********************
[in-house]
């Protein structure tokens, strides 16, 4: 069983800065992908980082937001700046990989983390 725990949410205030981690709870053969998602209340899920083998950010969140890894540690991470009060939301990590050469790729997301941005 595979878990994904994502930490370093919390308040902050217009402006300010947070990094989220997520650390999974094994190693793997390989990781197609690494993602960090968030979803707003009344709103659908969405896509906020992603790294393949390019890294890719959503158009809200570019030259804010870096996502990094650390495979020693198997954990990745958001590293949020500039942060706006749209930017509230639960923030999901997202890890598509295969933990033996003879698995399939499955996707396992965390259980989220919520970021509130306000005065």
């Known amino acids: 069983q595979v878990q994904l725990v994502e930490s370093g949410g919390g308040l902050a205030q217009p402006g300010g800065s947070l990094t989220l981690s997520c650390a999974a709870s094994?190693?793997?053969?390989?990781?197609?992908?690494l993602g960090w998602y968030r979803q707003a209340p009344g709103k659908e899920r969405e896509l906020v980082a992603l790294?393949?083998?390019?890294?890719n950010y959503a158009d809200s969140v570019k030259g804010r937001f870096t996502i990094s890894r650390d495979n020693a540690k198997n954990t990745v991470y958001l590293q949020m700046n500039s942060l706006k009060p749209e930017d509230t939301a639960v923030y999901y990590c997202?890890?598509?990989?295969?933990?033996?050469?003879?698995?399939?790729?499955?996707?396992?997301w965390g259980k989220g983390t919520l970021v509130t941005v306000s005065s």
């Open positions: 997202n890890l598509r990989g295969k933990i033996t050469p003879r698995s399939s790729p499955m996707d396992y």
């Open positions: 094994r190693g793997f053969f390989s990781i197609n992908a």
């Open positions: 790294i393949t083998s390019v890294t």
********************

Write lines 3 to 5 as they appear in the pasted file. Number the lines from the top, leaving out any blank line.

């Known amino acids: 069983q595979v878990q994904l725990v994502e930490s370093g949410g919390g308040l902050a205030q217009p402006g300010g800065s947070l990094t989220l981690s997520c650390a999974a709870s094994?190693?793997?053969?390989?990781?197609?992908?690494l993602g960090w998602y968030r979803q707003a209340p009344g709103k659908e899920r969405e896509l906020v980082a992603l790294?393949?083998?390019?890294?890719n950010y959503a158009d809200s969140v570019k030259g804010r937001f870096t996502i990094s890894r650390d495979n020693a540690k198997n954990t990745v991470y958001l590293q949020m700046n500039s942060l706006k009060p749209e930017d509230t939301a639960v923030y999901y990590c997202?890890?598509?990989?295969?933990?033996?050469?003879?698995?399939?790729?499955?996707?396992?997301w965390g259980k989220g983390t919520l970021v509130t941005v306000s005065s």
């Open positions: 997202n890890l598509r990989g295969k933990i033996t050469p003879r698995s399939s790729p499955m996707d396992y």
């Open positions: 094994r190693g793997f053969f390989s990781i197609n992908a």